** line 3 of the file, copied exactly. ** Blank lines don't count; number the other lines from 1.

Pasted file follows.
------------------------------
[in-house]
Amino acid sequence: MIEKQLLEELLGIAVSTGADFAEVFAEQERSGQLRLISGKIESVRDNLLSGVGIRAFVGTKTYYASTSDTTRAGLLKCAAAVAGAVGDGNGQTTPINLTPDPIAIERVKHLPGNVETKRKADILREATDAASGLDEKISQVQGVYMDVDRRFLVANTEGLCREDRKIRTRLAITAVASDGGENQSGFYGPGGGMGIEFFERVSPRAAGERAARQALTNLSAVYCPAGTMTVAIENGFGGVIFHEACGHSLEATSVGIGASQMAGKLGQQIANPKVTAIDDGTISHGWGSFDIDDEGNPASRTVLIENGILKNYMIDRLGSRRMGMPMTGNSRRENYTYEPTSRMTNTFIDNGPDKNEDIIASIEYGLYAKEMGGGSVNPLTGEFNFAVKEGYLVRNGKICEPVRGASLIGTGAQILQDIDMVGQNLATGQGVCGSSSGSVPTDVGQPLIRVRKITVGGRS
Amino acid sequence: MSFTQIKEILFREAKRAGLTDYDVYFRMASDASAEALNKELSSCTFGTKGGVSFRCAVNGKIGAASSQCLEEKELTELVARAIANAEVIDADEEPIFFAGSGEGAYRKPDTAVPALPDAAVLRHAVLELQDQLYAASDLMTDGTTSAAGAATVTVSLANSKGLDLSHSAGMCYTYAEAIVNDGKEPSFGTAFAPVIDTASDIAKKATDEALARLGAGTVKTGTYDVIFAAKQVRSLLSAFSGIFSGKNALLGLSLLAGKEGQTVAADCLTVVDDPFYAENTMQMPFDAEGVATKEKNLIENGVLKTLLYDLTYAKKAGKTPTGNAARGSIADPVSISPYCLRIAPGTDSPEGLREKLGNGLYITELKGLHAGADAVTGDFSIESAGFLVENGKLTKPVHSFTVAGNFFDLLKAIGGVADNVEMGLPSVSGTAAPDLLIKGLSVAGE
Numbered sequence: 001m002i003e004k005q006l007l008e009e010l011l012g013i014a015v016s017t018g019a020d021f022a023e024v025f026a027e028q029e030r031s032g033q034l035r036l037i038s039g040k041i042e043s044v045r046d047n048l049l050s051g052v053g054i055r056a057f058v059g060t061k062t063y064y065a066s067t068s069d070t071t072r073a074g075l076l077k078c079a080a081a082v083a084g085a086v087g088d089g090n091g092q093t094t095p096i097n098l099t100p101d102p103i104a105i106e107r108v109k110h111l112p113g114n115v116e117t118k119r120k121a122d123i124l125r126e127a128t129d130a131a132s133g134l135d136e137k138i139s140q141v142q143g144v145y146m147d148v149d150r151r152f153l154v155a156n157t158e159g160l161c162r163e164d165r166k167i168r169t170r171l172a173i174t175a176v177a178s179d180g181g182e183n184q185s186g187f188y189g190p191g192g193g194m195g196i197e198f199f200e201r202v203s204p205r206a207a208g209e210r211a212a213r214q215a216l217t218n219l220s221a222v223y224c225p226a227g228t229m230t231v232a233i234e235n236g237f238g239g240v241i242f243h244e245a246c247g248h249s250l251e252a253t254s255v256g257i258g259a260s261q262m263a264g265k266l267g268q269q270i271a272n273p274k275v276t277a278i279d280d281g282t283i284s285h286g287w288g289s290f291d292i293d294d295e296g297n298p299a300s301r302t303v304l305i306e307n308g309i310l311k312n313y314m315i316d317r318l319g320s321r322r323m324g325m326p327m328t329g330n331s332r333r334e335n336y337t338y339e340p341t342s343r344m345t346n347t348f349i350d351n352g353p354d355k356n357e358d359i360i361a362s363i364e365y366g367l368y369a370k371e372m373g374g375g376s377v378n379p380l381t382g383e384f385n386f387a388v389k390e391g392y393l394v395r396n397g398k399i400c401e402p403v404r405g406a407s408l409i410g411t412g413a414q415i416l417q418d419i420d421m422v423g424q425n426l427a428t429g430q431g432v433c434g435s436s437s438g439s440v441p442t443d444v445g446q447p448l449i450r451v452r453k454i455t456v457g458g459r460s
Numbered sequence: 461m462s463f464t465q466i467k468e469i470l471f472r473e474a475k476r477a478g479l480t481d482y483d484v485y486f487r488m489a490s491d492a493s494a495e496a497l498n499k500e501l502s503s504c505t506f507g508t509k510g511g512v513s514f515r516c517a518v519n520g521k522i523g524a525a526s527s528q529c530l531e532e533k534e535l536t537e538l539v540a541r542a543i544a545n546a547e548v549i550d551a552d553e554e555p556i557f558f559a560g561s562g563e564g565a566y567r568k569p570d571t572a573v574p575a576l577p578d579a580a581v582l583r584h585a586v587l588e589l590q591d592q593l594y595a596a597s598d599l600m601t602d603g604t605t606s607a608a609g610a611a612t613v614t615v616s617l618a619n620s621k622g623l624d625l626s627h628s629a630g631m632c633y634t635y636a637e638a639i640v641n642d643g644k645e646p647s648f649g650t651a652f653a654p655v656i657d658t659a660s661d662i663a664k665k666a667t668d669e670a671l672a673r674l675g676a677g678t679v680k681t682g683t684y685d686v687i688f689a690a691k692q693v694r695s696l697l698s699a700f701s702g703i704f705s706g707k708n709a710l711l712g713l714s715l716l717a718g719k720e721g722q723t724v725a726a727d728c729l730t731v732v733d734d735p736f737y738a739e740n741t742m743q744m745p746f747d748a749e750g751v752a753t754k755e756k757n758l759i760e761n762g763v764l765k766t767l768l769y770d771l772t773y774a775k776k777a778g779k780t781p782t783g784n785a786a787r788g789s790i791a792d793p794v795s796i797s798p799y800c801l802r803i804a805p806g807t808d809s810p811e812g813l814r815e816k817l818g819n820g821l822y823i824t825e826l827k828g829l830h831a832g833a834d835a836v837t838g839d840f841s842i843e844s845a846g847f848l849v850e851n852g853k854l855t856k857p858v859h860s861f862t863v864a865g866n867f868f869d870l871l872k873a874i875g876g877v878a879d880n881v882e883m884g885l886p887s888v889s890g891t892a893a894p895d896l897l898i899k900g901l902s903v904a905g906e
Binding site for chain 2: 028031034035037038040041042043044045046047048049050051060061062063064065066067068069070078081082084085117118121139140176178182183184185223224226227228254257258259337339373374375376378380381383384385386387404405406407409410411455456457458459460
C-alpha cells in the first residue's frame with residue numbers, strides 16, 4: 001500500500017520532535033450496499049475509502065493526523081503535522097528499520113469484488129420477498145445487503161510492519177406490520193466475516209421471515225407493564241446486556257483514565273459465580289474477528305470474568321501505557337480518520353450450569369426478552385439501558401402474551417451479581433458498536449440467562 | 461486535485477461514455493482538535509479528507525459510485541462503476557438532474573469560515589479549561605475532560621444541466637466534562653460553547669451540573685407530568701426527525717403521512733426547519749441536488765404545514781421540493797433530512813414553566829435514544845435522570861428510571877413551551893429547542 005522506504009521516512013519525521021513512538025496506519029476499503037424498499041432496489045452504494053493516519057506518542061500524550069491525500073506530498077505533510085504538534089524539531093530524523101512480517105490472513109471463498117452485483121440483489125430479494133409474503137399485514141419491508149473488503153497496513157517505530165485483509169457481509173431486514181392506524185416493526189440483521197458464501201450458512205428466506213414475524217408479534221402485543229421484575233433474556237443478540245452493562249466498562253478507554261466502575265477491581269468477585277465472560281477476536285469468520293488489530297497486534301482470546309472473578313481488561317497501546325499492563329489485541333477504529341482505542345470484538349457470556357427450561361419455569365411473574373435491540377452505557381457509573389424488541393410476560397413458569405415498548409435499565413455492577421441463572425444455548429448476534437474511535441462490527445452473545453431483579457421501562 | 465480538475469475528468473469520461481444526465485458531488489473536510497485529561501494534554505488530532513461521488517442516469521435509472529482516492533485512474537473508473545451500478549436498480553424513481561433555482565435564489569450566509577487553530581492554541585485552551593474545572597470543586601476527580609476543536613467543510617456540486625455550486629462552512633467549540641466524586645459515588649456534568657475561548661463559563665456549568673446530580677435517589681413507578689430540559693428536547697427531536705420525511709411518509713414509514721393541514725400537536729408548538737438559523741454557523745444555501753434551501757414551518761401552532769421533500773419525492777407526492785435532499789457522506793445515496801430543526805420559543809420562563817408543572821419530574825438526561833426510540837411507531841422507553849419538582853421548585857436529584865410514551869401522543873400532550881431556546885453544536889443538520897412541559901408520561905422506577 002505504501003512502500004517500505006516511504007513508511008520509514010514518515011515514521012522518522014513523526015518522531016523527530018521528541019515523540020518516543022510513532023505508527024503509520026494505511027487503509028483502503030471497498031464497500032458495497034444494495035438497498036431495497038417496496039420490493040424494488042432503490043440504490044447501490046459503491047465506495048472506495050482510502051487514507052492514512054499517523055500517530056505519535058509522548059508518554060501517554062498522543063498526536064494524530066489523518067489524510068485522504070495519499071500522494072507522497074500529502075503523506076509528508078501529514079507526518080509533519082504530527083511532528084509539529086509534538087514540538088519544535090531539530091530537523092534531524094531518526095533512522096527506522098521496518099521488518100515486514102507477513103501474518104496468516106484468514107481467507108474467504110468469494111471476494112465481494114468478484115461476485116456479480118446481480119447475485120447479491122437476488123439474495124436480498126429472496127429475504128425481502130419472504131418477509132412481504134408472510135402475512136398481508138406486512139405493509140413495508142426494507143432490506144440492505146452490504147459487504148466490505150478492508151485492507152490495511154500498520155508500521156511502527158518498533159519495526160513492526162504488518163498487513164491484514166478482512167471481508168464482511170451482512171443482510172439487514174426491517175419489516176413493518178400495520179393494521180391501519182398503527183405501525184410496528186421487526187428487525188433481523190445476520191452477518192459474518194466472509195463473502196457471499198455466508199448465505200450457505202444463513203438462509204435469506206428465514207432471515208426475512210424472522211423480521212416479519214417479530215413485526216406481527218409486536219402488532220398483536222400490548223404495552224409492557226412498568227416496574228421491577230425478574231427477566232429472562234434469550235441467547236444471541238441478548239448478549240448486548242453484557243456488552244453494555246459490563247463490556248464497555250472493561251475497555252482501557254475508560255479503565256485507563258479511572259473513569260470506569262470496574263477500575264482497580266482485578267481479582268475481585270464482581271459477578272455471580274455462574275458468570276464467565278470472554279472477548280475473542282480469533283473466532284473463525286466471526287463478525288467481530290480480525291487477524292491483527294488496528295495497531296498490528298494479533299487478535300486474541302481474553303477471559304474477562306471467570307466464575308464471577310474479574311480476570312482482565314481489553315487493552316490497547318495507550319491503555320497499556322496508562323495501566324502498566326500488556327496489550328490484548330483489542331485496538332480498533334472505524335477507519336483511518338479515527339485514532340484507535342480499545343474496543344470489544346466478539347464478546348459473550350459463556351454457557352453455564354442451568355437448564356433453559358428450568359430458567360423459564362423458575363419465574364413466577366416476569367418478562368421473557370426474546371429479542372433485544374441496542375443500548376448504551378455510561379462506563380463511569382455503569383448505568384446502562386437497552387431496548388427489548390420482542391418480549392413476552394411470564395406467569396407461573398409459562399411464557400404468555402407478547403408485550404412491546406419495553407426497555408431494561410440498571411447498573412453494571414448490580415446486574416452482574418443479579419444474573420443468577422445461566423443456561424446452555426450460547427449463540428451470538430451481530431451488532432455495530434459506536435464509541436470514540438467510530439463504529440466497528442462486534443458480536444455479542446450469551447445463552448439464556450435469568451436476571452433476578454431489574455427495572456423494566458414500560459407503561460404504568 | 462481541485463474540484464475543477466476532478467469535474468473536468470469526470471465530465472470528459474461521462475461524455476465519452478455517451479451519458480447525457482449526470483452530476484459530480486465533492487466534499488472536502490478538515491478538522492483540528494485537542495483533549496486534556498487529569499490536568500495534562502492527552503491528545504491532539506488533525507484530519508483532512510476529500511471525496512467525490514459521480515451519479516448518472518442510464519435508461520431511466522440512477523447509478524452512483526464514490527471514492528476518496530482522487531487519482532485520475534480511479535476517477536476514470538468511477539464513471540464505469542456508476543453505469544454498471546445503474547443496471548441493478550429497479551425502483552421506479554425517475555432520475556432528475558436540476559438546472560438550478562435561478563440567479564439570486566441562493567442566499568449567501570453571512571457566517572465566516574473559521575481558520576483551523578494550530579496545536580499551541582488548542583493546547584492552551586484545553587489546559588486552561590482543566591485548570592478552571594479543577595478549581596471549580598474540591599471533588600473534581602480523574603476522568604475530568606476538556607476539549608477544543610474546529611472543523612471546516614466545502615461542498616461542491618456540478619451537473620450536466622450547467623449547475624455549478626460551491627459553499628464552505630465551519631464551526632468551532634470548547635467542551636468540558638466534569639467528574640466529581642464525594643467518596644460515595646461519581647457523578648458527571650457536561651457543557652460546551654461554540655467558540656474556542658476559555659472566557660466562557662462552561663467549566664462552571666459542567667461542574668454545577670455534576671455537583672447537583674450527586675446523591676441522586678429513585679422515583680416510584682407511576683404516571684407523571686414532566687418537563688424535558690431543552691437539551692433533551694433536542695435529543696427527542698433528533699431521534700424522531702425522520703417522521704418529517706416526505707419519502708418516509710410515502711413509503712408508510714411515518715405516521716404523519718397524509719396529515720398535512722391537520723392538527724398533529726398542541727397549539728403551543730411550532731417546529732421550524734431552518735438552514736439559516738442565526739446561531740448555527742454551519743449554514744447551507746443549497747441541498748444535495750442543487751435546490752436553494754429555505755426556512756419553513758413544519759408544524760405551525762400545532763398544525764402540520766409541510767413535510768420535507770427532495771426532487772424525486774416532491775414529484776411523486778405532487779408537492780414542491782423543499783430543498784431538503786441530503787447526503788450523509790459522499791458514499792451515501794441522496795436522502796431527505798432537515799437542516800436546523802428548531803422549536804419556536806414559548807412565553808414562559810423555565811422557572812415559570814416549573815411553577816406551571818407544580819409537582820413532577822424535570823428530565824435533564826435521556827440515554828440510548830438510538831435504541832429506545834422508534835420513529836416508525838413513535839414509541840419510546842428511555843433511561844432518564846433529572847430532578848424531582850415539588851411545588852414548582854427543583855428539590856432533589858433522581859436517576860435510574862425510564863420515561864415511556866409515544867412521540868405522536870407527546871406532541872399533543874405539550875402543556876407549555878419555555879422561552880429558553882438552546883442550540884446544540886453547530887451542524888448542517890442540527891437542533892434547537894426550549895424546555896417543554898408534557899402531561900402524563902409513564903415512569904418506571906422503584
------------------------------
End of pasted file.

Amino acid sequence: MSFTQIKEILFREAKRAGLTDYDVYFRMASDASAEALNKELSSCTFGTKGGVSFRCAVNGKIGAASSQCLEEKELTELVARAIANAEVIDADEEPIFFAGSGEGAYRKPDTAVPALPDAAVLRHAVLELQDQLYAASDLMTDGTTSAAGAATVTVSLANSKGLDLSHSAGMCYTYAEAIVNDGKEPSFGTAFAPVIDTASDIAKKATDEALARLGAGTVKTGTYDVIFAAKQVRSLLSAFSGIFSGKNALLGLSLLAGKEGQTVAADCLTVVDDPFYAENTMQMPFDAEGVATKEKNLIENGVLKTLLYDLTYAKKAGKTPTGNAARGSIADPVSISPYCLRIAPGTDSPEGLREKLGNGLYITELKGLHAGADAVTGDFSIESAGFLVENGKLTKPVHSFTVAGNFFDLLKAIGGVADNVEMGLPSVSGTAAPDLLIKGLSVAGE